Candy Gram Slam
Duxbury High School students are familiar with the lighthearted, fun Candy Grams used to send messages to friends in school. The event, occurring once a year as part of an initiative to help connect students, has become a beloved way of telling a friend a joke or sending an encouraging message to improve their day. This year, Student Council put on the event hoping for an even better response than last year. However, the outcome of the fundraiser was different than their expectations.
Mr. Files, who has been working as an advisor of the class of 2016 and now with the class of 2020 to organize class events and help with funding, says that the goal of the fundraiser was a part of a balance initiative. He has been working with Student Council for the last 6 years, and is familiar with these types of events. December was supposed to be connected to laughter, so the goal was to “tie the candy grams to laughter in the sense that you could write a joke or a fun message to a friend and have it delivered on laughter day.”
Each Candy Gram sent cost a dollar, and the money was supposed to go to the Special Olympics, the Student Council charity of the year. After the first day, said Mr. Files, he looked at the responses and “two of the fifty-something were inappropriate,” along with “ten to twelve being cringe-worthy or uncomfortable.” All of the money donated was ultimately refunded to the students and the event was cancelled.
“They missed the mark as to why they wanted to do it,” said Mr. Files. He says that the event is meant to be fun and casual but taken with respect. “There are lots of places for negative social media-type interactions. It’s important to remind students that there’s a time and a place for us to be nice to each other and make each other feel good.” He urges students to take these events seriously, while still having fun and being lighthearted.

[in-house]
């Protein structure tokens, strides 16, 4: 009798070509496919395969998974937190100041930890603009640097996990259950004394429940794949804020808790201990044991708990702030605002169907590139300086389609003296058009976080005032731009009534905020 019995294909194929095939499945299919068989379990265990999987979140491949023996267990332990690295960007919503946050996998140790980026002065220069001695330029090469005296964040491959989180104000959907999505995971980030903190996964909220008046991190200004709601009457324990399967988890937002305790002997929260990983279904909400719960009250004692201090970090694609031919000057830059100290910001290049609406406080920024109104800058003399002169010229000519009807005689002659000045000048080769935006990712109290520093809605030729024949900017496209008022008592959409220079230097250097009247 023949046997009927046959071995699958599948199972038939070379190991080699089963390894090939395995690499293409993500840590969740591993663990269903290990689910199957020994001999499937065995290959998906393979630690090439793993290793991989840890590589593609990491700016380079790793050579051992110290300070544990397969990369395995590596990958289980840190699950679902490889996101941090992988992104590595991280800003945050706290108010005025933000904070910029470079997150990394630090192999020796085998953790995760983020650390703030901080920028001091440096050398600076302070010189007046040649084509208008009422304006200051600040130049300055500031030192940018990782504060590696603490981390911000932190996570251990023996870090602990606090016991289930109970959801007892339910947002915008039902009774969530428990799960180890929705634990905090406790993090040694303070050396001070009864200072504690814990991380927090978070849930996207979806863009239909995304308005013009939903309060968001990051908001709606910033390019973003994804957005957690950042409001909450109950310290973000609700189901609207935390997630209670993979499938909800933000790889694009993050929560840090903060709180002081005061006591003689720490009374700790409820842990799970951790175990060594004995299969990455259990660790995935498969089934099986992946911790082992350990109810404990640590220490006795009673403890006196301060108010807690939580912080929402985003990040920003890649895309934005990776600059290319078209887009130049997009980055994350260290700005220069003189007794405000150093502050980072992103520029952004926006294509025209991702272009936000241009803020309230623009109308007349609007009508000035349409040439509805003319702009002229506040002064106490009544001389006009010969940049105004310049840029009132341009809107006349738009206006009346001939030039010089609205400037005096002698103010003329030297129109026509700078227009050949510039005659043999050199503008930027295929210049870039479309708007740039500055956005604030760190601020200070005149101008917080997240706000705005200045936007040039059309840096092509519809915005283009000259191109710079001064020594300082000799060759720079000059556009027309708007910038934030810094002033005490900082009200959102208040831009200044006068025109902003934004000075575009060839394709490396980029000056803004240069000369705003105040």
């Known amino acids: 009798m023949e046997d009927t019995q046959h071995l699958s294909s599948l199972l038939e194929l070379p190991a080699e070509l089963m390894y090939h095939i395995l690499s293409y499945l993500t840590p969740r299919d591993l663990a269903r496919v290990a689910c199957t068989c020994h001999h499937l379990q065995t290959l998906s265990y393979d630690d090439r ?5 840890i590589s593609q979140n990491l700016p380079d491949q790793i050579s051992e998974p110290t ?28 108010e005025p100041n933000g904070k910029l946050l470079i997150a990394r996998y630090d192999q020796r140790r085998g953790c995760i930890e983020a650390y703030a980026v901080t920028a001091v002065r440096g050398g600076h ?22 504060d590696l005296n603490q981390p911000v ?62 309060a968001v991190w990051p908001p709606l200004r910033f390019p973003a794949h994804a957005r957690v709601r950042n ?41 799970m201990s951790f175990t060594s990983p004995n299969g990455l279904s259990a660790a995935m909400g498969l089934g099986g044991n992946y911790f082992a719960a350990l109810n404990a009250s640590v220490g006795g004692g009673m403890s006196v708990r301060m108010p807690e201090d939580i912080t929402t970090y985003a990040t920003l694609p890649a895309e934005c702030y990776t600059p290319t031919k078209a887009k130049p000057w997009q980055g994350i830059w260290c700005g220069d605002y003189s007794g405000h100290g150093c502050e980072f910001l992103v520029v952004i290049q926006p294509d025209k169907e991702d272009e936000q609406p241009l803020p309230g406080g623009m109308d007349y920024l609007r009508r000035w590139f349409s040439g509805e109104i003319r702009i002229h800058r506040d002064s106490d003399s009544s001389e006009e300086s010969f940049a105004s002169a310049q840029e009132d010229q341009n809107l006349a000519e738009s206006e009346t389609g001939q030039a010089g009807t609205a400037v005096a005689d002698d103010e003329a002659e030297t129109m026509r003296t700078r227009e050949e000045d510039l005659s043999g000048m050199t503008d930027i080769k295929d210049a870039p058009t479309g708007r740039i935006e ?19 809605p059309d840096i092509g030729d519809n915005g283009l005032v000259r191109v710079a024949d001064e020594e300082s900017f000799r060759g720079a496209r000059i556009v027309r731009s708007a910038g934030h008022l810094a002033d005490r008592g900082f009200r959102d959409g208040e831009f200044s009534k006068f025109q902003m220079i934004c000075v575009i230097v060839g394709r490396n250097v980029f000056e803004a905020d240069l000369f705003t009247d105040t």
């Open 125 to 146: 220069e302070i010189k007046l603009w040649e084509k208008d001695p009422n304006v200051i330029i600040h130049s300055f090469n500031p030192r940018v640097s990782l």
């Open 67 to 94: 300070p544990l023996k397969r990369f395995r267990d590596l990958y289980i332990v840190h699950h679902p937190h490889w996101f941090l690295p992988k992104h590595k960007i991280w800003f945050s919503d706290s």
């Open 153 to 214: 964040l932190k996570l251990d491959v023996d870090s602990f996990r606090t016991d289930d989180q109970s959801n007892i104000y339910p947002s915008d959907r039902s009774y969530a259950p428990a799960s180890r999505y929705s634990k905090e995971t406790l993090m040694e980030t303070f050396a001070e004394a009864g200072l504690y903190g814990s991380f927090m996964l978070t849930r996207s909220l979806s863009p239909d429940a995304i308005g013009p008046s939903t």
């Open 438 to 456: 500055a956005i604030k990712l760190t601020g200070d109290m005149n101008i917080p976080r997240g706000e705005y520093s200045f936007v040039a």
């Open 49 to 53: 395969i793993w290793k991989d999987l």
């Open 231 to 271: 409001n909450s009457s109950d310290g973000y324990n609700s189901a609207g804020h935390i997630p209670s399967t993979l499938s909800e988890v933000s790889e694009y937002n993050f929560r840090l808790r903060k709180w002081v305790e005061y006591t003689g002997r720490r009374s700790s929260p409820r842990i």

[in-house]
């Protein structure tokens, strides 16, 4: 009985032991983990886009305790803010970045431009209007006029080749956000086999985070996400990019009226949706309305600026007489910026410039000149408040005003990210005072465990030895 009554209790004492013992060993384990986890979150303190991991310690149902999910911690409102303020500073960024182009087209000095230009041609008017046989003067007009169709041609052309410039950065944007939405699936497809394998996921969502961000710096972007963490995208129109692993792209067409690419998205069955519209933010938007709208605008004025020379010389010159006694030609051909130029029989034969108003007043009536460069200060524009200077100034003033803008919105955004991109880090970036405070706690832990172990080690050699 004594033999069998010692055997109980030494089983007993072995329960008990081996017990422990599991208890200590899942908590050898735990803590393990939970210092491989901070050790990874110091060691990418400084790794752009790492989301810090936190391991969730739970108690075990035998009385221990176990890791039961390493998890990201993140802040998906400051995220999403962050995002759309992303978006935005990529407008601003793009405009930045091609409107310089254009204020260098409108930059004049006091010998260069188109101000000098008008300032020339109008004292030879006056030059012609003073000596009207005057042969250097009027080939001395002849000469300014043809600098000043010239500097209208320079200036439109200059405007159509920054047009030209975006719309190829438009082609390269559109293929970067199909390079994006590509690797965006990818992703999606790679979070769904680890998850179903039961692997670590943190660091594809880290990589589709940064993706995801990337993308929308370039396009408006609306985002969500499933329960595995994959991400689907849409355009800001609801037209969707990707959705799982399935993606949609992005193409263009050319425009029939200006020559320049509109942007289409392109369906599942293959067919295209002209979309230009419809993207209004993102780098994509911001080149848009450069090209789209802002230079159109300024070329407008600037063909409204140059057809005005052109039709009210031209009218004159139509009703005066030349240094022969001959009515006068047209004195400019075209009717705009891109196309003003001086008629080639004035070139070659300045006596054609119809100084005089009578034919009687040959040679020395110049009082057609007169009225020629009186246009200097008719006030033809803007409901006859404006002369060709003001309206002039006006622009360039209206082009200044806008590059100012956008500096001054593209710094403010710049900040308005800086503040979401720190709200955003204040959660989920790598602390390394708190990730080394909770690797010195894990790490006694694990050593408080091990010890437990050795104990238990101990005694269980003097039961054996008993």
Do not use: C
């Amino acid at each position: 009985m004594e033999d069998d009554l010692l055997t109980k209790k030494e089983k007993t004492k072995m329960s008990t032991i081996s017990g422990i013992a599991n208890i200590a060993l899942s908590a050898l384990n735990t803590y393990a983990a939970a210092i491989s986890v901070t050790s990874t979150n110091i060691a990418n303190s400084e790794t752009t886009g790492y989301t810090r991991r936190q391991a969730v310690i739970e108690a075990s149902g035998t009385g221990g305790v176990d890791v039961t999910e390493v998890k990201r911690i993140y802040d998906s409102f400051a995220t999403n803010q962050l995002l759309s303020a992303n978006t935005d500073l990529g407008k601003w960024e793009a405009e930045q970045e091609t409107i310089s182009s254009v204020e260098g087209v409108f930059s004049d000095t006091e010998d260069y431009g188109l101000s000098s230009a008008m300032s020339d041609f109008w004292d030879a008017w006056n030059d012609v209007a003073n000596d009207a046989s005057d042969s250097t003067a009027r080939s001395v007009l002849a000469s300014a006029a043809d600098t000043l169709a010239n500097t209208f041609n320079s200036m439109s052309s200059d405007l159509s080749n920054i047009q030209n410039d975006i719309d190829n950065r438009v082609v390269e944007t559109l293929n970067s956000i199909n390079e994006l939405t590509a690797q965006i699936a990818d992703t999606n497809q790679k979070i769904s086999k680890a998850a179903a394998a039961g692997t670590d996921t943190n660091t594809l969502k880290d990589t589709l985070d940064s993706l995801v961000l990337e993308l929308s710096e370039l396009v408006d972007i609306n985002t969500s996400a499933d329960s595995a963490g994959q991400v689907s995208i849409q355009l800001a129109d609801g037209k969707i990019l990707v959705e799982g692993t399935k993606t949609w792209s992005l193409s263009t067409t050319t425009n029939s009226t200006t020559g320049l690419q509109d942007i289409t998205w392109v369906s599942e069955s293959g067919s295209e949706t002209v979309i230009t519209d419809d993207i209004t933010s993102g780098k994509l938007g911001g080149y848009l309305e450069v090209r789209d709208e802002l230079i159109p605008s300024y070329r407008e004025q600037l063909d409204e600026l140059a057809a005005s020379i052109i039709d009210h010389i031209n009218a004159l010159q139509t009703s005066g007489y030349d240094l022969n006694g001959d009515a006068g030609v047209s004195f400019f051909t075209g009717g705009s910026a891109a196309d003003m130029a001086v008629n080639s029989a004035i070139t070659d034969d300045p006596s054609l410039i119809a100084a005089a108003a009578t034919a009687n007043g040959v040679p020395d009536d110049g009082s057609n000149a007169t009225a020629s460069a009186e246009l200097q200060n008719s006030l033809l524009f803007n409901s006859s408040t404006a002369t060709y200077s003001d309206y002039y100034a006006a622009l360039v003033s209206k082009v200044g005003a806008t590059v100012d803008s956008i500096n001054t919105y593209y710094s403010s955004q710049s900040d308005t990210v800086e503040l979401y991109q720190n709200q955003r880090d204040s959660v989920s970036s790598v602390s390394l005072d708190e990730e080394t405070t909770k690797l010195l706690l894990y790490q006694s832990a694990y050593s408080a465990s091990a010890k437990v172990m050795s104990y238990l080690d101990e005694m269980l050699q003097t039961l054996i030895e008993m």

Mr. Bagshaw, a history teacher at DHS, agrees that the decision Student Council made was the right one. “The student body needs to start showing some class and to just pull those few nasty grams and let everything continue sweeps under the rug the members of the student body that think it’s funny to be childish and nasty just for a laugh. There are other ways in which we can be funny.”
Students are also frustrated with some of the responses to the Candy Grams this year. Jackson Lynch, a senior, says that “it’s a shame something so good and charitable had to be cancelled.”
The more honest student opinions that Student Council receives about these events, Files says, the better. The administration wants to know if the events are going to be taken seriously and participated in. If ninety percent of the student body is doing the right thing and ten percent is acting inappropriately, says Files, there are ways to discipline those students in particular. Besides having that conversation, he says it’s important to “change the culture a little bit at a time.” The more activities like this that are presented to students, and the more that they are involved in, the more normal they become.
As for the future? Files wants Student Council to try Candy Grams again next year with the expectation that students will be acting appropriately. “The hope is that we should always do activities like this in order to involve the entire student body and share a message – the right message.”